Tips for choosing a 3D vision system

The future of vision systems in manufacturing

With four times as many as colour receptors as humans, the Mantis shrimp has the most impressive eyes in nature. Manufacturers have long relied on human vision for complex picking and assembly processes, but 3D vision systems are beginning to replicate the capability of human vision in robotics. Here, Nigel Smith, Managing Director of Toshiba Machine partner, TM†Robotics, gives three rules to live by when choosing a 3D vision system for manufacturing.

Rule one: abandon CAD

Advanced 3D vision systems are a stark contrast to the vision software of manufacturingís past. Many existing systems still require professional CAD programming to ensure that the robot can recognise shapes. However, even after programming, this software can have difficulties recognising multiple items at once.

A common application for vision systems is removing and sorting items from a bin. Although CAD-based systems can identify items in a bin, the challenge is recognising the position of each item when presented in a random order ó let alone determining the best method for the robot to pick them. Advanced vision systems eliminate this problem by using passive imaging to enable the robot to automatically identify items, regardless of their shape or order.

Toshiba Machineís vision system, TSVision3D, for example, uses two high-speed cameras to continuously capture 3D images. Using intelligent software, the system can process these images and identify the exact position of an item. This determines the most logical order to pick them up and does so with sub-millimetre accuracy, with the same ease as a human worker.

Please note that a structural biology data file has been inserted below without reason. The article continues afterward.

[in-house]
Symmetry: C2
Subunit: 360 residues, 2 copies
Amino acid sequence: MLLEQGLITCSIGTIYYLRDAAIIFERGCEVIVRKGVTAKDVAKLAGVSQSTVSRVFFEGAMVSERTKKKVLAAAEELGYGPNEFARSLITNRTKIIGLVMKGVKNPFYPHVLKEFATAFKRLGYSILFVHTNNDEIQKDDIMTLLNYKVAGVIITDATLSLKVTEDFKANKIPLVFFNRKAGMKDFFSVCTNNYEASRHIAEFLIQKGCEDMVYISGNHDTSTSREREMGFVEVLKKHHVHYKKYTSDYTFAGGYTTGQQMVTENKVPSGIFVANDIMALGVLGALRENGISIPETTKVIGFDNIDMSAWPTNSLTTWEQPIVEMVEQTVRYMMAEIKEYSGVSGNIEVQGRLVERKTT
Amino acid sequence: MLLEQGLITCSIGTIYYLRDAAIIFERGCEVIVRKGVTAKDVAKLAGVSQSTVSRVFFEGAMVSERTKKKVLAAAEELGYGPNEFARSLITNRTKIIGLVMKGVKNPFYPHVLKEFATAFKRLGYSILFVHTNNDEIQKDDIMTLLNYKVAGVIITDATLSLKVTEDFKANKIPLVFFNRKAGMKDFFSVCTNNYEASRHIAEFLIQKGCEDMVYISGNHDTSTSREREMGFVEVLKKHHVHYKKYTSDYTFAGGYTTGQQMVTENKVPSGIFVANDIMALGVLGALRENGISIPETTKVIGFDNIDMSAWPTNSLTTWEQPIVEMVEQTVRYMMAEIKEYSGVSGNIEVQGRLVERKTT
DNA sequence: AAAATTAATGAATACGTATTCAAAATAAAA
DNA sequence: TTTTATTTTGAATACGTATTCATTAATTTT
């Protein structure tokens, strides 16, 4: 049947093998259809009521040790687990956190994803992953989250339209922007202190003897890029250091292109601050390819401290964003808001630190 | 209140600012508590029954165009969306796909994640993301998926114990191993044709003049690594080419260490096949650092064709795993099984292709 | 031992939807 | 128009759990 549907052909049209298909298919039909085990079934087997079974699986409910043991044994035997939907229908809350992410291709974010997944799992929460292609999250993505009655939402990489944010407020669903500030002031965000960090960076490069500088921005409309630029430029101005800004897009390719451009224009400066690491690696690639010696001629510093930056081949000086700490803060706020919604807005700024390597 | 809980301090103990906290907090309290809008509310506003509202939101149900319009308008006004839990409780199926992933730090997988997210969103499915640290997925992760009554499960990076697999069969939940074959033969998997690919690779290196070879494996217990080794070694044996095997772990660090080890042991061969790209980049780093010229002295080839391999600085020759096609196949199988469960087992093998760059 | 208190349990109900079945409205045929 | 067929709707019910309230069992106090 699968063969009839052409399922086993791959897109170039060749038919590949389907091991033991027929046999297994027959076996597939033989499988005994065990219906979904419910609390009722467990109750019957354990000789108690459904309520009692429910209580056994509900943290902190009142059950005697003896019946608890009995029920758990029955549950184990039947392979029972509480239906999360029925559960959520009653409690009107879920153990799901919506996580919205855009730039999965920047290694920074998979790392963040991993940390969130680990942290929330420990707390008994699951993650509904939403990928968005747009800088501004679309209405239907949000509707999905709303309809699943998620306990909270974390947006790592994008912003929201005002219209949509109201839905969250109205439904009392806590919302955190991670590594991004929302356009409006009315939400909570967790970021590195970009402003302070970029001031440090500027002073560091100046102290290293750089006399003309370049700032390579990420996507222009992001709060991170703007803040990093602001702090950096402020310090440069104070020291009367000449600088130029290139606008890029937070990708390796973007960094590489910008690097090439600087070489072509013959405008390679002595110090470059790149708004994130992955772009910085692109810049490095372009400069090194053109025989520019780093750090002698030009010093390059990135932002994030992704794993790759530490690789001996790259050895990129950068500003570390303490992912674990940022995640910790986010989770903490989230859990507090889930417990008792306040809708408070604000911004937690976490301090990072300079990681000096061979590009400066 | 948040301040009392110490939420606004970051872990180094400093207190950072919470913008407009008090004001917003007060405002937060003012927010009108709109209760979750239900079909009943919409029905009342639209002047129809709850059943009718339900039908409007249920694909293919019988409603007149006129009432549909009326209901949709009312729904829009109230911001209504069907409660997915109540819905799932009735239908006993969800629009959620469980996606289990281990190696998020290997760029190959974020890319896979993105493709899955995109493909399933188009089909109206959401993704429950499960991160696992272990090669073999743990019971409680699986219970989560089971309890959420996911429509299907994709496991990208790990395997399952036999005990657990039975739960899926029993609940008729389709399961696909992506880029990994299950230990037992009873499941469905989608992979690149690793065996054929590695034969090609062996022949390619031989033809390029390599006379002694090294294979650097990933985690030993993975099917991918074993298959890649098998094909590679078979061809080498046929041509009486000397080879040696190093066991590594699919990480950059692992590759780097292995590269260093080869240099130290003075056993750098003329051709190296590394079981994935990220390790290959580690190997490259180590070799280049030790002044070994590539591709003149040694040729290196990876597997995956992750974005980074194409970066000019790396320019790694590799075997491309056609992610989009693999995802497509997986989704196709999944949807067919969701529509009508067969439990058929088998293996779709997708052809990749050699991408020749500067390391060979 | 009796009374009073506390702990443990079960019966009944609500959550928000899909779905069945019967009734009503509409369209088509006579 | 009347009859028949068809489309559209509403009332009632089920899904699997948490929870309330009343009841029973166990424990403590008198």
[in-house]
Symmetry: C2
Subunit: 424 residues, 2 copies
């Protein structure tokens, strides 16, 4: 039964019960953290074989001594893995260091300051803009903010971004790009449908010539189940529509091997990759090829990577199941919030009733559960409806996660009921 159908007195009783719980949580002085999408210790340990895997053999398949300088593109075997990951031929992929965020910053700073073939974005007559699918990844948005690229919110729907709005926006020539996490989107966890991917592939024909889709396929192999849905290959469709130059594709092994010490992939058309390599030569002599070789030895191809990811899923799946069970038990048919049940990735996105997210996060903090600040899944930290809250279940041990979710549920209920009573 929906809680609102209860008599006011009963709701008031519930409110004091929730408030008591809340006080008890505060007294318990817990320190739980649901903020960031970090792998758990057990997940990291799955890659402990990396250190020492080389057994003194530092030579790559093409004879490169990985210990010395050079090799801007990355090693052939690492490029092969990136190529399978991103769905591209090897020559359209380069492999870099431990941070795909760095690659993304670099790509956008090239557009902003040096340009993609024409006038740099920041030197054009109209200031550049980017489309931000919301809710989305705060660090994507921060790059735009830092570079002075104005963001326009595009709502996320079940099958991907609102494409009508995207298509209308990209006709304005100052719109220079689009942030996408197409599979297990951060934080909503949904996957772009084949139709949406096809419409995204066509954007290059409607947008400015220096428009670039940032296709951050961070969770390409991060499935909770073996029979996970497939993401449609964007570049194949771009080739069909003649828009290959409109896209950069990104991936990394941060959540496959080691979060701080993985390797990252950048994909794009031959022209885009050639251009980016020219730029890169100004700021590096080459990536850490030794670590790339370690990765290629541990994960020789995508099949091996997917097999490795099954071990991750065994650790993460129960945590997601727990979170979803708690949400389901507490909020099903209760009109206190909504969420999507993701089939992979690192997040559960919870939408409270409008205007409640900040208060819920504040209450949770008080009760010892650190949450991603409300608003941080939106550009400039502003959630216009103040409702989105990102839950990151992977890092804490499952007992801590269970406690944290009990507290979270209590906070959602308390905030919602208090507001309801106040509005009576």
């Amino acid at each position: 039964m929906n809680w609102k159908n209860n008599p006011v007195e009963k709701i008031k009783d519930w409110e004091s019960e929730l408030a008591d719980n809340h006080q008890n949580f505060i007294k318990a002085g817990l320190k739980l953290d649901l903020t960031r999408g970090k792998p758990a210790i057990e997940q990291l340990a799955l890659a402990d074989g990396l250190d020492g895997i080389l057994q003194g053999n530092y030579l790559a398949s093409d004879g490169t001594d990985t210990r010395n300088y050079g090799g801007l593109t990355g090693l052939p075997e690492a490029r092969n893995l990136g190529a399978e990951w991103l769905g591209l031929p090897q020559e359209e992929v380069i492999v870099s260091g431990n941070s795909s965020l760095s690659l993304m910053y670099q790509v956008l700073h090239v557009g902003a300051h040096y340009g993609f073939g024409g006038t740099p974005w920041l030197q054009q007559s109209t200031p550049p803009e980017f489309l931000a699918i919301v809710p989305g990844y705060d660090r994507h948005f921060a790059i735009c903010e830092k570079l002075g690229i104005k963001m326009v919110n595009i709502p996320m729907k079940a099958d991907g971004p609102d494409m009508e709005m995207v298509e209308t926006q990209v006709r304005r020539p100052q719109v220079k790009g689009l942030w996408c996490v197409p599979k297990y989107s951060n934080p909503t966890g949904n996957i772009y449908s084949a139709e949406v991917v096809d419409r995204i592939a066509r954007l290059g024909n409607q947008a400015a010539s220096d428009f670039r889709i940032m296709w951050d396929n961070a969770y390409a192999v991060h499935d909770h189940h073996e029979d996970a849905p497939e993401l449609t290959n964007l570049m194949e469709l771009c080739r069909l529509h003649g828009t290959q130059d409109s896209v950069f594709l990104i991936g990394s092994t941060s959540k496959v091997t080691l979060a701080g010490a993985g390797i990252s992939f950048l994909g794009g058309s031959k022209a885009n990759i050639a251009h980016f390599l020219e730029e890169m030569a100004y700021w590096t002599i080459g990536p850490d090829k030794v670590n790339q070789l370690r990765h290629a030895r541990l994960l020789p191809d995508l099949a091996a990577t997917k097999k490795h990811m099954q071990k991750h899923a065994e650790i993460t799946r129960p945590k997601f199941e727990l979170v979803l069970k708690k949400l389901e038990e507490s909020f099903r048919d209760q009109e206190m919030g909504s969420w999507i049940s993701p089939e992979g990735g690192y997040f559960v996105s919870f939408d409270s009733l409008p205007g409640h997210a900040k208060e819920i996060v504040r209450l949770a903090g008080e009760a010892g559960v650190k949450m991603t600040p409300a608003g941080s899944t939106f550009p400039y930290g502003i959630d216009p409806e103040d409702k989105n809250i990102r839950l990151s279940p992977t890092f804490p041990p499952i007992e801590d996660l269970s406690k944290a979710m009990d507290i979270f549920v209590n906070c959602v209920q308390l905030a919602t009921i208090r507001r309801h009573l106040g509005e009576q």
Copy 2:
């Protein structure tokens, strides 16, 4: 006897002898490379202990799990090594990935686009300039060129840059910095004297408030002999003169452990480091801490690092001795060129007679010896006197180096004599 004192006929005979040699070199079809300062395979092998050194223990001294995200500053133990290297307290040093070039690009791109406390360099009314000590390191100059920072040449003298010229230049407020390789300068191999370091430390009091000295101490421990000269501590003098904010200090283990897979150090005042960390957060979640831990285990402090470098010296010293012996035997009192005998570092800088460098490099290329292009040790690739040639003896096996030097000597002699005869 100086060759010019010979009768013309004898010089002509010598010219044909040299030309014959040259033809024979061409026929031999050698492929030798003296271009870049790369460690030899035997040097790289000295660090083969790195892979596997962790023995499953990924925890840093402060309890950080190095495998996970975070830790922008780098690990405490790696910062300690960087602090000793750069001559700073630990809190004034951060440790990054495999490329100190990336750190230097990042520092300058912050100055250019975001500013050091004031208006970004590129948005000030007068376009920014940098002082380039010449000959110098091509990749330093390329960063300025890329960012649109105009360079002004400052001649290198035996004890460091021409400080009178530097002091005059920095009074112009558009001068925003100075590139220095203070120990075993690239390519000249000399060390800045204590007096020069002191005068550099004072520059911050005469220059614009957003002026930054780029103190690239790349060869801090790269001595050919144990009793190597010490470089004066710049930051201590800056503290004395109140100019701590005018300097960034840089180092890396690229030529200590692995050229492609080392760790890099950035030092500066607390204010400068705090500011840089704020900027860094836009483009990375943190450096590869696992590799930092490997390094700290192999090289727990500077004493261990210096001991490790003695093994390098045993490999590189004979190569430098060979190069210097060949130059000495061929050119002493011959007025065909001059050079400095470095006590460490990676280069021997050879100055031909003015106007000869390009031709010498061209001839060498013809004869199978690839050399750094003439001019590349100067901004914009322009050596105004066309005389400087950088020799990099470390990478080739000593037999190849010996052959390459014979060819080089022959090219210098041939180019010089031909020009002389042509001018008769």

Rule two: mimic human perception

Deploying a robot for bin-picking isnít advantageous if the robot cannot identify the edges of the bin. Considering the speed and strength of most six-axis robots, hitting the box sides could easily halt production or damage the product.

Some manufacturers believe that motion stereo systems can effectively imitate a humanís perception of an item. Motion stereo systems use one camera, usually mounted on a robotic arm, to enable the system to move and take two or more photographs of an object. However, these systems require absolute precision as even the slightest movement can cause disparities in data and skew the measurement.

For manufacturers hoping to automate their box-picking processes, they should identify whether the system has a collision avoidance function. Advanced systems enable the system to be programmed according to the size of the bin, ensuring the robot can dive into the box without a hitch.

Rule three: simplify installation

Automation for jobs such as bin-picking are designed to free manual operators from repetitive and menial tasks and speed up operations. However, some traditional vision systems involved multiple hurdles to implement, including long-winded installation methods and high levels of technical know-how.

Using 3D vision systems for bin-picking, cycle times can be as fast as 0.7 seconds. But, these productivity gains are useless if implementation of the software involves a lot of time, money or staff resources. When choosing a system, manufacturers must strike a balance between potential productivity gains and the resources required for installation. Today, manufacturers should opt for software that anyone, even with minimal training, can understand.

Eyes are a testament to evolutionís creativity. Although they all have the same basic duty, the more advanced the vision system, the more information it can acquire. When choosing a vision system for production-based applications, manufacturers should consider how the system will improve their process, how it will manage complex requirements and how easy it is to understand and implement it.

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